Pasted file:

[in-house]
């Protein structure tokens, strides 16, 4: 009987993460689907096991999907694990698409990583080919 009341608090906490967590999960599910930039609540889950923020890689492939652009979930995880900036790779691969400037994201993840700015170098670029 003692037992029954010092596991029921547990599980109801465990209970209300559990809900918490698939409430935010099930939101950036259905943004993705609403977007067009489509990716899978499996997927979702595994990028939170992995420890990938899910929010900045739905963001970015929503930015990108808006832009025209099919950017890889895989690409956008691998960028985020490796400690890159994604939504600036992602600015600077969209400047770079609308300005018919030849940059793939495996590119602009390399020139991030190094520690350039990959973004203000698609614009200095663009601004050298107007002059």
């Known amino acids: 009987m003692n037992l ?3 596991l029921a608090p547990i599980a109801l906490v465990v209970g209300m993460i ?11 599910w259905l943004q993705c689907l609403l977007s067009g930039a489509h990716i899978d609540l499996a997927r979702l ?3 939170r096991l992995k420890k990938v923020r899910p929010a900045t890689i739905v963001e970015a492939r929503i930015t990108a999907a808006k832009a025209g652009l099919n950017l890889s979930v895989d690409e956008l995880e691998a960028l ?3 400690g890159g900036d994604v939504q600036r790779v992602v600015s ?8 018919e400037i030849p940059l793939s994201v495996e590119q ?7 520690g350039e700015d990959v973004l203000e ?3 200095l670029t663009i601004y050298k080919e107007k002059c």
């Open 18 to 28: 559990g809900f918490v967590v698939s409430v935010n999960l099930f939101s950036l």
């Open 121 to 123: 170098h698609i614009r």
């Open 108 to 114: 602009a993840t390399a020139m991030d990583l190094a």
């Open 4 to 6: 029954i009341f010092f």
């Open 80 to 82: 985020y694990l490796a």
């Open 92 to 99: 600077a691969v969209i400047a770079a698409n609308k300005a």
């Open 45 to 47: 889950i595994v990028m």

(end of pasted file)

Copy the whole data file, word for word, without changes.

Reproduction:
[in-house]
């Protein structure tokens, strides 16, 4: 009987993460689907096991999907694990698409990583080919 009341608090906490967590999960599910930039609540889950923020890689492939652009979930995880900036790779691969400037994201993840700015170098670029 003692037992029954010092596991029921547990599980109801465990209970209300559990809900918490698939409430935010099930939101950036259905943004993705609403977007067009489509990716899978499996997927979702595994990028939170992995420890990938899910929010900045739905963001970015929503930015990108808006832009025209099919950017890889895989690409956008691998960028985020490796400690890159994604939504600036992602600015600077969209400047770079609308300005018919030849940059793939495996590119602009390399020139991030190094520690350039990959973004203000698609614009200095663009601004050298107007002059």
């Known amino acids: 009987m003692n037992l ?3 596991l029921a608090p547990i599980a109801l906490v465990v209970g209300m993460i ?11 599910w259905l943004q993705c689907l609403l977007s067009g930039a489509h990716i899978d609540l499996a997927r979702l ?3 939170r096991l992995k420890k990938v923020r899910p929010a900045t890689i739905v963001e970015a492939r929503i930015t990108a999907a808006k832009a025209g652009l099919n950017l890889s979930v895989d690409e956008l995880e691998a960028l ?3 400690g890159g900036d994604v939504q600036r790779v992602v600015s ?8 018919e400037i030849p940059l793939s994201v495996e590119q ?7 520690g350039e700015d990959v973004l203000e ?3 200095l670029t663009i601004y050298k080919e107007k002059c």
């Open 18 to 28: 559990g809900f918490v967590v698939s409430v935010n999960l099930f939101s950036l």
């Open 121 to 123: 170098h698609i614009r």
């Open 108 to 114: 602009a993840t390399a020139m991030d990583l190094a």
């Open 4 to 6: 029954i009341f010092f």
């Open 80 to 82: 985020y694990l490796a």
């Open 92 to 99: 600077a691969v969209i400047a770079a698409n609308k300005a």
């Open 45 to 47: 889950i595994v990028m």